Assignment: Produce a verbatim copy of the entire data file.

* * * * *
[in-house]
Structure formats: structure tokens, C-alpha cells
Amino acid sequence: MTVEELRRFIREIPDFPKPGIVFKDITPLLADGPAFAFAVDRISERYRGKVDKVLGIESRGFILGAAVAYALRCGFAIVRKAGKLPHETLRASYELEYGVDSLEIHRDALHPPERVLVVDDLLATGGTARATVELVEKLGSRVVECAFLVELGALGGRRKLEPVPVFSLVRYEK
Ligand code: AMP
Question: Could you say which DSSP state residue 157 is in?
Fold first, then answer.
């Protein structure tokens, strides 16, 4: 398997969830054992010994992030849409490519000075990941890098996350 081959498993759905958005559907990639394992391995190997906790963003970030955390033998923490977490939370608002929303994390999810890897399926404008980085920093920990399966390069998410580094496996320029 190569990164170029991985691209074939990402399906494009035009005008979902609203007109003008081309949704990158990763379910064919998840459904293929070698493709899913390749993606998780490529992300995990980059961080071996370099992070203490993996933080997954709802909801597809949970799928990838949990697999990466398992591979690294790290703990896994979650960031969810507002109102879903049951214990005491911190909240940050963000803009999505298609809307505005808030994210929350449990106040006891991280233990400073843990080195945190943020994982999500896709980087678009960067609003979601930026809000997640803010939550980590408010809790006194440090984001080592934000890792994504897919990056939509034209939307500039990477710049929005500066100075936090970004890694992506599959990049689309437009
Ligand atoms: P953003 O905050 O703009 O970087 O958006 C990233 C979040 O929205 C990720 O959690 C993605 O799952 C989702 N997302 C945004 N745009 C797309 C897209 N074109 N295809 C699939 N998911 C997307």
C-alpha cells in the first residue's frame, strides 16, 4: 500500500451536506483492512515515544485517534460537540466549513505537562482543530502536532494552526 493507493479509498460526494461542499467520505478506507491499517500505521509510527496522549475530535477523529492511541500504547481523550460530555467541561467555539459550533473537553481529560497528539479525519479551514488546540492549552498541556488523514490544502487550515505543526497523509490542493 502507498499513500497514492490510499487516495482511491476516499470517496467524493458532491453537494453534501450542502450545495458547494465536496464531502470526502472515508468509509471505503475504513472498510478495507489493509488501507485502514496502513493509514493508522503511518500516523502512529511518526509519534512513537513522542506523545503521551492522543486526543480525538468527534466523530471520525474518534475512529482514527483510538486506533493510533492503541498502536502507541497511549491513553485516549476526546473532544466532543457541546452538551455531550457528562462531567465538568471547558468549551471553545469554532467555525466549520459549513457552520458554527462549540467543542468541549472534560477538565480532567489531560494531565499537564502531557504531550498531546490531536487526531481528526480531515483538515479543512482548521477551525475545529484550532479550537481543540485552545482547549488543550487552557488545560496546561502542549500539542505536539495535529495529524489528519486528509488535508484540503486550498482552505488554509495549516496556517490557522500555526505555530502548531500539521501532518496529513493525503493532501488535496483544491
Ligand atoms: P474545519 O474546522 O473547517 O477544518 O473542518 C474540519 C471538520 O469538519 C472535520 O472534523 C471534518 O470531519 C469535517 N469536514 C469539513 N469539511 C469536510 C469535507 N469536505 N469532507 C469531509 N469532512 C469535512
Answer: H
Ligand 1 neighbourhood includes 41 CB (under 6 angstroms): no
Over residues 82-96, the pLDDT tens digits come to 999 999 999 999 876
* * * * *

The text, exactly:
[in-house]
Structure formats: structure tokens, C-alpha cells
Amino acid sequence: MTVEELRRFIREIPDFPKPGIVFKDITPLLADGPAFAFAVDRISERYRGKVDKVLGIESRGFILGAAVAYALRCGFAIVRKAGKLPHETLRASYELEYGVDSLEIHRDALHPPERVLVVDDLLATGGTARATVELVEKLGSRVVECAFLVELGALGGRRKLEPVPVFSLVRYEK
Ligand code: AMP
Question: Could you say which DSSP state residue 157 is in?
Fold first, then answer.
């Protein structure tokens, strides 16, 4: 398997969830054992010994992030849409490519000075990941890098996350 081959498993759905958005559907990639394992391995190997906790963003970030955390033998923490977490939370608002929303994390999810890897399926404008980085920093920990399966390069998410580094496996320029 190569990164170029991985691209074939990402399906494009035009005008979902609203007109003008081309949704990158990763379910064919998840459904293929070698493709899913390749993606998780490529992300995990980059961080071996370099992070203490993996933080997954709802909801597809949970799928990838949990697999990466398992591979690294790290703990896994979650960031969810507002109102879903049951214990005491911190909240940050963000803009999505298609809307505005808030994210929350449990106040006891991280233990400073843990080195945190943020994982999500896709980087678009960067609003979601930026809000997640803010939550980590408010809790006194440090984001080592934000890792994504897919990056939509034209939307500039990477710049929005500066100075936090970004890694992506599959990049689309437009
Ligand atoms: P953003 O905050 O703009 O970087 O958006 C990233 C979040 O929205 C990720 O959690 C993605 O799952 C989702 N997302 C945004 N745009 C797309 C897209 N074109 N295809 C699939 N998911 C997307």
C-alpha cells in the first residue's frame, strides 16, 4: 500500500451536506483492512515515544485517534460537540466549513505537562482543530502536532494552526 493507493479509498460526494461542499467520505478506507491499517500505521509510527496522549475530535477523529492511541500504547481523550460530555467541561467555539459550533473537553481529560497528539479525519479551514488546540492549552498541556488523514490544502487550515505543526497523509490542493 502507498499513500497514492490510499487516495482511491476516499470517496467524493458532491453537494453534501450542502450545495458547494465536496464531502470526502472515508468509509471505503475504513472498510478495507489493509488501507485502514496502513493509514493508522503511518500516523502512529511518526509519534512513537513522542506523545503521551492522543486526543480525538468527534466523530471520525474518534475512529482514527483510538486506533493510533492503541498502536502507541497511549491513553485516549476526546473532544466532543457541546452538551455531550457528562462531567465538568471547558468549551471553545469554532467555525466549520459549513457552520458554527462549540467543542468541549472534560477538565480532567489531560494531565499537564502531557504531550498531546490531536487526531481528526480531515483538515479543512482548521477551525475545529484550532479550537481543540485552545482547549488543550487552557488545560496546561502542549500539542505536539495535529495529524489528519486528509488535508484540503486550498482552505488554509495549516496556517490557522500555526505555530502548531500539521501532518496529513493525503493532501488535496483544491
Ligand atoms: P474545519 O474546522 O473547517 O477544518 O473542518 C474540519 C471538520 O469538519 C472535520 O472534523 C471534518 O470531519 C469535517 N469536514 C469539513 N469539511 C469536510 C469535507 N469536505 N469532507 C469531509 N469532512 C469535512
Answer: H
Ligand 1 neighbourhood includes 41 CB (under 6 angstroms): no
Over residues 82-96, the pLDDT tens digits come to 999 999 999 999 876